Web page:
South Korean K-Pop music is a global phenomenon – but underneath the slick production, high energy and positive vibes is a recurring obsession with the pursuit of perfection through consumerism.
While there’s a strong chance most of us have heard PSY’s ‘Gangnam Style’, Korean pop music is more than a one-off novelty. In fact it’s a multimillion-dollar industry, and its global fanbase is booming.
From a musical perspective, K-Pop is ear candy. The most popular hits morph a variety of aesthetic materials associated with feeling good. Funk, bubblepop and hip hop. Synths from the 90s. Brass from the disco dance floors. Chilled R&B beats. The elements are fused into stimulating, expertly crafted musical products.
It’s no wonder K-Pop concerts across the globe are increasing at a rate of 82 per cent each year. The biggest production company in Korea right now is SM Entertainment, which provides intensive training to artists before allowing them to debut as desirable idols. And having generated US$357 million in sales last year alone, it’s safe to say K-Pop is a thriving business.
But there’s a deeper side to K-Pop that people aren’t talking about – one that may help listeners understand its addictive appeal. Korean production companies release hits that celebrate consumer culture. And though most pop music throughout the world feeds on people looking to sync the latest hit to their iPods, K-Pop perpetuates this behaviour by sending an even stronger message: consumerism leads the way to perfection.
While consumerism isn’t endemic to South Korea, the capitalist phenomenon plays a fundamental role in the nation’s new music. In particular, it embraces cultural aspects that are distinctly ‘21st-Century Korean’. For instance, South Korea currently boasts the highest rate of plastic surgery in the world. Buying a new face is revelled in the hit song ‘Becoming Pretty’ by SixBomb. The girl-group released pre-surgery and post-surgery music videos about their experience, normalising the concept of physical beauty equalling perfection.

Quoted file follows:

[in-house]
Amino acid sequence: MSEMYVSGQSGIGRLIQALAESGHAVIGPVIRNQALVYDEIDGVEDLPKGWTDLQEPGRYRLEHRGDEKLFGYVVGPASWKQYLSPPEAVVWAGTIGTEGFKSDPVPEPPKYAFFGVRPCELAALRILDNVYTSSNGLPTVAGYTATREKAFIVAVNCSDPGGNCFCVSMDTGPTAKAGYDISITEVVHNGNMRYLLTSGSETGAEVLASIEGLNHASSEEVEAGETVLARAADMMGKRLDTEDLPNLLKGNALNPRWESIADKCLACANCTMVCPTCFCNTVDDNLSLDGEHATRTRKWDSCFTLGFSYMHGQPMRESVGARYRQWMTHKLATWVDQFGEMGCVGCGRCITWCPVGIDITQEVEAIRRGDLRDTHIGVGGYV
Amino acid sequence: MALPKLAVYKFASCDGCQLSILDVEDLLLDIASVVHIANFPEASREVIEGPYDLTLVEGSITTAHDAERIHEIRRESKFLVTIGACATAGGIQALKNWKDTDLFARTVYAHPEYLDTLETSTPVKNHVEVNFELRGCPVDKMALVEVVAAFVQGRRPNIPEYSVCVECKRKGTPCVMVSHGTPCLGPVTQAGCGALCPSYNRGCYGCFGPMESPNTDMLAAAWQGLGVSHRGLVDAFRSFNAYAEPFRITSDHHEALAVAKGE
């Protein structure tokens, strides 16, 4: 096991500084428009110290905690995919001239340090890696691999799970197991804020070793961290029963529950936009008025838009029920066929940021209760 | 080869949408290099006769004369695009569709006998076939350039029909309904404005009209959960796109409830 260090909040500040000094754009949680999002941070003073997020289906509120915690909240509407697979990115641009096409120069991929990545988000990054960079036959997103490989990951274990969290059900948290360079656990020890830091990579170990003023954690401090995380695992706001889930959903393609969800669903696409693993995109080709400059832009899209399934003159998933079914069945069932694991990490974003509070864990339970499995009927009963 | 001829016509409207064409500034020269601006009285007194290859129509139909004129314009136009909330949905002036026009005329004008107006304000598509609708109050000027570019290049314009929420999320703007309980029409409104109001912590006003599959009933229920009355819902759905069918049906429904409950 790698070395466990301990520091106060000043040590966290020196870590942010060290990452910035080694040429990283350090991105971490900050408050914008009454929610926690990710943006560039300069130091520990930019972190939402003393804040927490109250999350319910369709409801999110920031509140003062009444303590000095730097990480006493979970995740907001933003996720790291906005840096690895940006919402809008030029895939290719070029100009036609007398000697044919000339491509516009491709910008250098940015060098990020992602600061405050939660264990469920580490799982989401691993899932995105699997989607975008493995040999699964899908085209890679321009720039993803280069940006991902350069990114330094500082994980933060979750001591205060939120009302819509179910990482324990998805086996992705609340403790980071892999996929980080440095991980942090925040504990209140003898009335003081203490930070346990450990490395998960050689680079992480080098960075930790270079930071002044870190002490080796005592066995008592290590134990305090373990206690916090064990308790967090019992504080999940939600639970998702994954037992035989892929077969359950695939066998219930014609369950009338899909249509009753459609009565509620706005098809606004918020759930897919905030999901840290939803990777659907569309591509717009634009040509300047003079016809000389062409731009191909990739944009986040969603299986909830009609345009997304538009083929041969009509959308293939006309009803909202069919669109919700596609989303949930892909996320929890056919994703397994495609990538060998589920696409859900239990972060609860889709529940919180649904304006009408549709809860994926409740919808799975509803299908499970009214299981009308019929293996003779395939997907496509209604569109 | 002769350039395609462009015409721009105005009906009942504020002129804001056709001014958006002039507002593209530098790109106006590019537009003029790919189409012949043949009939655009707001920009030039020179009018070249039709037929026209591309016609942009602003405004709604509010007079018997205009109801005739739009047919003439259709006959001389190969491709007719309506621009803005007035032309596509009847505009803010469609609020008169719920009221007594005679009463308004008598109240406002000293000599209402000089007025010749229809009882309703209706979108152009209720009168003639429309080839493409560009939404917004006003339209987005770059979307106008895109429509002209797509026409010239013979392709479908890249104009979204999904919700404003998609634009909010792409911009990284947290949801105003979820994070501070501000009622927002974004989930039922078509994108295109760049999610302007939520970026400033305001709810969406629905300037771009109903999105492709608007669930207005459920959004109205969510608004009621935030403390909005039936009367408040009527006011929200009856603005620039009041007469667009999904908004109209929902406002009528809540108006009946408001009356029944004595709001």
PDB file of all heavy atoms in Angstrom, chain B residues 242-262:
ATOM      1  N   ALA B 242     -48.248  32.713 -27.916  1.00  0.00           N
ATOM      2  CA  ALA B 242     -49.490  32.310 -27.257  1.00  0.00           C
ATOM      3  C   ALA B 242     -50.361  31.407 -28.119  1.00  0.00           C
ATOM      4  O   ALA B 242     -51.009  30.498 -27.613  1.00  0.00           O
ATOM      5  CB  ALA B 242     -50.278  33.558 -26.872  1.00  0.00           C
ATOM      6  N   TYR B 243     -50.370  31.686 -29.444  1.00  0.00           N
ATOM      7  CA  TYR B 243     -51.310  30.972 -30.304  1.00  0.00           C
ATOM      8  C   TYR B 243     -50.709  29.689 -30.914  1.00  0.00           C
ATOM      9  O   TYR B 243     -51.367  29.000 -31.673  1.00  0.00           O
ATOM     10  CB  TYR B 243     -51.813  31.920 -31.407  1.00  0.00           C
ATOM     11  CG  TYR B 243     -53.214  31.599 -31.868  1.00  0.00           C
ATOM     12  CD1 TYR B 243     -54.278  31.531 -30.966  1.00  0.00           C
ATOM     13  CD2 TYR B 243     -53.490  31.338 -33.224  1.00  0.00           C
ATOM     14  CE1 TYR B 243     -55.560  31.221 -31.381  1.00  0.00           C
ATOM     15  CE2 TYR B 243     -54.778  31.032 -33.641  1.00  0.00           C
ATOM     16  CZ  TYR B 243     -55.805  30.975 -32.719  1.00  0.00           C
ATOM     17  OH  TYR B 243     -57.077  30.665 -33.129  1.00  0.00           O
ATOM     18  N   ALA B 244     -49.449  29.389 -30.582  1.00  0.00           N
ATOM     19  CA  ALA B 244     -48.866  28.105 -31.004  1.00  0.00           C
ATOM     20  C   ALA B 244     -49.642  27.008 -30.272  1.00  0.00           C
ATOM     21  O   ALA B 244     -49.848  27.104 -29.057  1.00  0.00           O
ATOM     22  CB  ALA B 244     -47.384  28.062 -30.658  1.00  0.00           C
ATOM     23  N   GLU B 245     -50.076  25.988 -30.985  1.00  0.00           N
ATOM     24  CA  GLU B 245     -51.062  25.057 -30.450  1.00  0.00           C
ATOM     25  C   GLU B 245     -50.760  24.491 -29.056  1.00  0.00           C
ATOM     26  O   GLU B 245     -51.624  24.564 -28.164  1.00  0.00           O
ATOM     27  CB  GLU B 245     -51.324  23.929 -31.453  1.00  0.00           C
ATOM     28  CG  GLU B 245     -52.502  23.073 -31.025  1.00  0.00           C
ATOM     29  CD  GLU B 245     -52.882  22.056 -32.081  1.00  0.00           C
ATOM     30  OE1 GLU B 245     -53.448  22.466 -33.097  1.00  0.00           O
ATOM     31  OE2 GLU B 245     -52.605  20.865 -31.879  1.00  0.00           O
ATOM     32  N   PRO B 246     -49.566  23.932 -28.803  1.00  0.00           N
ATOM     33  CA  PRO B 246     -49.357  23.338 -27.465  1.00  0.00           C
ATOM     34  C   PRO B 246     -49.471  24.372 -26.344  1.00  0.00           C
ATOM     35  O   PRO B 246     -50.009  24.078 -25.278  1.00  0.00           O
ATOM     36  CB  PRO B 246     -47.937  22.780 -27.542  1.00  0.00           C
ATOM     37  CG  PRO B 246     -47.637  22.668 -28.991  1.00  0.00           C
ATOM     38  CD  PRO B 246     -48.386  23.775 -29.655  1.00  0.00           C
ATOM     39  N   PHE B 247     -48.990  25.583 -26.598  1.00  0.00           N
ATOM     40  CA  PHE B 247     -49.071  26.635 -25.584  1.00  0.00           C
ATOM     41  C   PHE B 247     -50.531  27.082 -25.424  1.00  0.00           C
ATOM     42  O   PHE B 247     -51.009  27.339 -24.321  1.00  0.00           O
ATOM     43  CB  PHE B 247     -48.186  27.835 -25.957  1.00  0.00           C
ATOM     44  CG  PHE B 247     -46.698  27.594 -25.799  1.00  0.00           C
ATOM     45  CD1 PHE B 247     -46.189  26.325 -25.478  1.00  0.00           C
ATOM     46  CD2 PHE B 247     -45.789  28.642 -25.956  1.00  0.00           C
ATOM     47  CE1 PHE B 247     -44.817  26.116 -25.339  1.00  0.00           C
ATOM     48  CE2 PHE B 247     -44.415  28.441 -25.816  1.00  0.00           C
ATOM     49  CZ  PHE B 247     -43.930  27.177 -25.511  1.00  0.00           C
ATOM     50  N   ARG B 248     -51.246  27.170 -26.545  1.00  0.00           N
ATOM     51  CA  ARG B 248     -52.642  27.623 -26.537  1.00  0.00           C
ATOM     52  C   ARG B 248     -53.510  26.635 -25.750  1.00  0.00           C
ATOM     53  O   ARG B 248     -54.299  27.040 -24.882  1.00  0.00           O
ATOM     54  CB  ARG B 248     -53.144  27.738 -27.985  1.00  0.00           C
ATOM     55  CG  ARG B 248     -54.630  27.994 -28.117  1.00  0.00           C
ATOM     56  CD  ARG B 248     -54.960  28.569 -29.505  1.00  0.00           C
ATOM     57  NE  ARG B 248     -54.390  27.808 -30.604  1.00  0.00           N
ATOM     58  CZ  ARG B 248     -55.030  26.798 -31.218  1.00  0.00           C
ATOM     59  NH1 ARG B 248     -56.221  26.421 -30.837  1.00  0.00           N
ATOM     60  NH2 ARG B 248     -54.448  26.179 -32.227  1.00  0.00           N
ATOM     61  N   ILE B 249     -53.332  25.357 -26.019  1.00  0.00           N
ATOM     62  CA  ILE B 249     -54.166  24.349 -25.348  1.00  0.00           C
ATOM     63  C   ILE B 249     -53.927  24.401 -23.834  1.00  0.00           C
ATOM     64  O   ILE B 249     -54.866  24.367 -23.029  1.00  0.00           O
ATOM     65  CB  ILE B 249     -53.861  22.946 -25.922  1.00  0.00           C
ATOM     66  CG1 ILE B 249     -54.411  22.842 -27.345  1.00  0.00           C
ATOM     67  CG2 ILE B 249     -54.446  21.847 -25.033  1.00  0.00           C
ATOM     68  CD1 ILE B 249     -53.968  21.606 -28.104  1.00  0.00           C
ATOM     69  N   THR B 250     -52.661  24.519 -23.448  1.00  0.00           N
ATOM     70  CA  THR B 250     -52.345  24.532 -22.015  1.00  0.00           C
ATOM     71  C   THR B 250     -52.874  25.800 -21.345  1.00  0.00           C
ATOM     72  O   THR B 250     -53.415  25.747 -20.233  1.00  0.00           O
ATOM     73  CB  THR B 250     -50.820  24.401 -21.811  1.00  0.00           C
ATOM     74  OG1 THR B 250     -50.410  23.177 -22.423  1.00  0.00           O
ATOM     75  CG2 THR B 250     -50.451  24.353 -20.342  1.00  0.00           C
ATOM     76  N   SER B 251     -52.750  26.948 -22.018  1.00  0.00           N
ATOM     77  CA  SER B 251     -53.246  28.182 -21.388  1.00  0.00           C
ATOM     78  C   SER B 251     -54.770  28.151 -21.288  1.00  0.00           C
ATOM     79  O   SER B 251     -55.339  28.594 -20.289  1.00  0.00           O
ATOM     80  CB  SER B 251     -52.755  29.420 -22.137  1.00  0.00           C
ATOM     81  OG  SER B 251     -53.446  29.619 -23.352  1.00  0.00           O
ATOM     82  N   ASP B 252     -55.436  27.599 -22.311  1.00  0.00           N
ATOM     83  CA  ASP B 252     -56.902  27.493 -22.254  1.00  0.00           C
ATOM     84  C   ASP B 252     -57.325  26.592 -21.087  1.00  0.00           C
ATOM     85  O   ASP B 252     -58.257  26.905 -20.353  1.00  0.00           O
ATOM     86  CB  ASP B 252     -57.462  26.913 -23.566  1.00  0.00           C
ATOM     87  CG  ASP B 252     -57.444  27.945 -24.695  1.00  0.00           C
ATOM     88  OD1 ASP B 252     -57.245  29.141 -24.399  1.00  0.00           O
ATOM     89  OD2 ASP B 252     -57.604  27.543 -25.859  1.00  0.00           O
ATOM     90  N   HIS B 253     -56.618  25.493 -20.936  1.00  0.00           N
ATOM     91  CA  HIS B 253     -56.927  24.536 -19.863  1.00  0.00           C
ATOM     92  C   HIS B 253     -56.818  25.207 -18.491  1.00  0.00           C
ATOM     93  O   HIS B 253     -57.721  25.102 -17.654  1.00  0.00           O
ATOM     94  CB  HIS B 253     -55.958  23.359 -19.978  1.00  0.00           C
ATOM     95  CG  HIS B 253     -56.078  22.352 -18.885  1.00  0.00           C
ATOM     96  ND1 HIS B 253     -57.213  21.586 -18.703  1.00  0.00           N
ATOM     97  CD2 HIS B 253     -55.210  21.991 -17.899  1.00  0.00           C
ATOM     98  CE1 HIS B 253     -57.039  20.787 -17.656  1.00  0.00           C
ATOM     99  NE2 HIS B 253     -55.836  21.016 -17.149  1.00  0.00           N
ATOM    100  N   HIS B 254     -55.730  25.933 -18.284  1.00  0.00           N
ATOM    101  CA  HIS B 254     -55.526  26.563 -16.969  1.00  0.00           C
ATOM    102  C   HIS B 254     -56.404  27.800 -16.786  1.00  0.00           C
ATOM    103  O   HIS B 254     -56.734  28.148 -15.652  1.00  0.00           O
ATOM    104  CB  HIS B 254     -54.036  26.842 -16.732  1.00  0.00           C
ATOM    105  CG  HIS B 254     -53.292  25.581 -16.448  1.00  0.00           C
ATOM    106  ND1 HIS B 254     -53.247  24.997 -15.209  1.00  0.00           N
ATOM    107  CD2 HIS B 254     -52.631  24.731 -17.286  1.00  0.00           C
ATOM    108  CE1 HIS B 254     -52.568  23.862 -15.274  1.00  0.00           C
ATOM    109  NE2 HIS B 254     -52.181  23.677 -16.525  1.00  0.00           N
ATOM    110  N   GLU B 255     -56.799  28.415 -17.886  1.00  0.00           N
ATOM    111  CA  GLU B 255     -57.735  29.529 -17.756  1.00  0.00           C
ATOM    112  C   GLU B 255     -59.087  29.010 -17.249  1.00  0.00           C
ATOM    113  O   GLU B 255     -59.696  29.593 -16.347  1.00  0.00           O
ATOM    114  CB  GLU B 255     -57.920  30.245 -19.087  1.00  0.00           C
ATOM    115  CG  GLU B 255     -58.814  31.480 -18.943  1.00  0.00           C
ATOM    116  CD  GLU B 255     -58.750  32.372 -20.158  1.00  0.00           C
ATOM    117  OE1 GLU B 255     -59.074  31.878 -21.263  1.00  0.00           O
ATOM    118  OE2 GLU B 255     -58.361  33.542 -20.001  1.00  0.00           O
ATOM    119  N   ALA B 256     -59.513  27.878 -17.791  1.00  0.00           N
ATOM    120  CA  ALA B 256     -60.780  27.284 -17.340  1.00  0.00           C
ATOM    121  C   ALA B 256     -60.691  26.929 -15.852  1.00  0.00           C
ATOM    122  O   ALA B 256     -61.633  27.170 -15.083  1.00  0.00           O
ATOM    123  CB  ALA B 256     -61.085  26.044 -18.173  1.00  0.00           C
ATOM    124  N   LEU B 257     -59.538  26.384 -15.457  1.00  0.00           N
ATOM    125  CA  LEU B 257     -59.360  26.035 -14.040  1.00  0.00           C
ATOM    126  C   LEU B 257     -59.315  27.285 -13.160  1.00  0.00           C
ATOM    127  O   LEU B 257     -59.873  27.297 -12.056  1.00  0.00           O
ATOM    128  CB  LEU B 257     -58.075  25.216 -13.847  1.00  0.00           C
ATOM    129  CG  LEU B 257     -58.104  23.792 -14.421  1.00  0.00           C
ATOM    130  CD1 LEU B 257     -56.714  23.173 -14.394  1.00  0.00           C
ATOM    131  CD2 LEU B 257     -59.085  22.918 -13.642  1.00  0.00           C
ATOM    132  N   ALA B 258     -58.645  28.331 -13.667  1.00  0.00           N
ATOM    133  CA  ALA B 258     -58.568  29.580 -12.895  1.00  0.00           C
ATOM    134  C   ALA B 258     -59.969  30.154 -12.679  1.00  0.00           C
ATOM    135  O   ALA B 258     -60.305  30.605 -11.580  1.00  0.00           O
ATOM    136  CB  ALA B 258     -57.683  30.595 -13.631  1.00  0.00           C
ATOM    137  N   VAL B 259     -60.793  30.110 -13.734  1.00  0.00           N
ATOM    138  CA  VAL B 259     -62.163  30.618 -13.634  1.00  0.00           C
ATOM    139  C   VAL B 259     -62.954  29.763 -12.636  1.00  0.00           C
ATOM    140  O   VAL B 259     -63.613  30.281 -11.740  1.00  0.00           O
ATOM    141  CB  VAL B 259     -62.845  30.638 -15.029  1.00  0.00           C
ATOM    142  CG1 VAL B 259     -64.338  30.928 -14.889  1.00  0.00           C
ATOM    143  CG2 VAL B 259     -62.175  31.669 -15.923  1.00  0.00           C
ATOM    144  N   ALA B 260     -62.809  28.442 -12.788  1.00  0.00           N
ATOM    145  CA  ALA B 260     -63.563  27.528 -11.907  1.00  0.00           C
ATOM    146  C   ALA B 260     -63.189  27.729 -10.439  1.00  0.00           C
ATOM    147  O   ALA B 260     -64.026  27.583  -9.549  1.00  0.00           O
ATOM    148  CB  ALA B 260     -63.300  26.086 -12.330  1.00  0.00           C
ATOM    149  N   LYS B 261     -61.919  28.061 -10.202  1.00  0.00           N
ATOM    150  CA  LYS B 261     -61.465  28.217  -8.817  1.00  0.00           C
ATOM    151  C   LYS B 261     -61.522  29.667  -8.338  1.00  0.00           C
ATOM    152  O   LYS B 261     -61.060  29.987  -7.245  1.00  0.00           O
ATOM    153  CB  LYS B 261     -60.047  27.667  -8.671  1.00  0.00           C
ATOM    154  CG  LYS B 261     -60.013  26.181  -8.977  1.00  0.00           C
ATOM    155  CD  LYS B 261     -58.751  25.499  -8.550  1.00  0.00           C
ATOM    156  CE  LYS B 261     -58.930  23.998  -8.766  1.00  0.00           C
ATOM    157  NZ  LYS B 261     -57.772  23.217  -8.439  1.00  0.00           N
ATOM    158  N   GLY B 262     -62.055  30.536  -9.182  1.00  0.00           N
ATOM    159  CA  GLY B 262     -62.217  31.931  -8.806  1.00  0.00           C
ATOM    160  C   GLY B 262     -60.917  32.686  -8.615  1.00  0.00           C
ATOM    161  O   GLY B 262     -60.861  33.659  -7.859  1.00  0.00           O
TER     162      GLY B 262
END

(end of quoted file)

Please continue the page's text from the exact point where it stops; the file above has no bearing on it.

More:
Of course K-Pop fans will find the occasional song sharing the pleasant sentiment: ‘Stop looking in the mirror, don’t worry about your weight, you’re already beautiful the way you are’, as heard in Zion. T’s ‘No Make-up’. But even this gives way to subtle consumerist values, which are implied in lyrics quick to follow: ‘Instead of red lipstick, I like clear lip balm, more natural than the clouds in the sky.’ The singer understands that his listeners will inevitably buy some form of make-up to reflect mainstream expectations of beauty – so why not choose a style he labels ‘natural’? And, behind his reflective sunglasses and glowing bleached hair, Zion. T (Kim Hae-sol) reveals nothing about his own natural look. High fashion is natural in his world.
A striking new K-Pop release is IU’s ‘Palette’. Her opening notes evoke an immediate sense of calm, sentimentality and reflection. With mellow synth, high-frequency percussive sounds, and a laid-back beat, it’s a coming-of-age song about a woman finding her maturity in era of technology. ‘I’ve got this – I’m 25,’ IU (Lee Ji-eun) sings in English, reaching out to millennial consumers just like her.
In a gentle voice, IU performs alone (except for an interjecting rap from K-Pop superstar and Vogue style icon, G-DRAGON). Being truly solo on the K-Pop stage is a rarity, and with its minimalist set design, IU’s film clip portrays the vulnerability and bravery of those evolving into adulthood.
IU sings about the person she has become. Against a backdrop of hipster pink props, she tells us she likes ‘pyjamas with buttons, lipstick’, mapping the development of her confidence through the products that have helped her understand her own sense of self.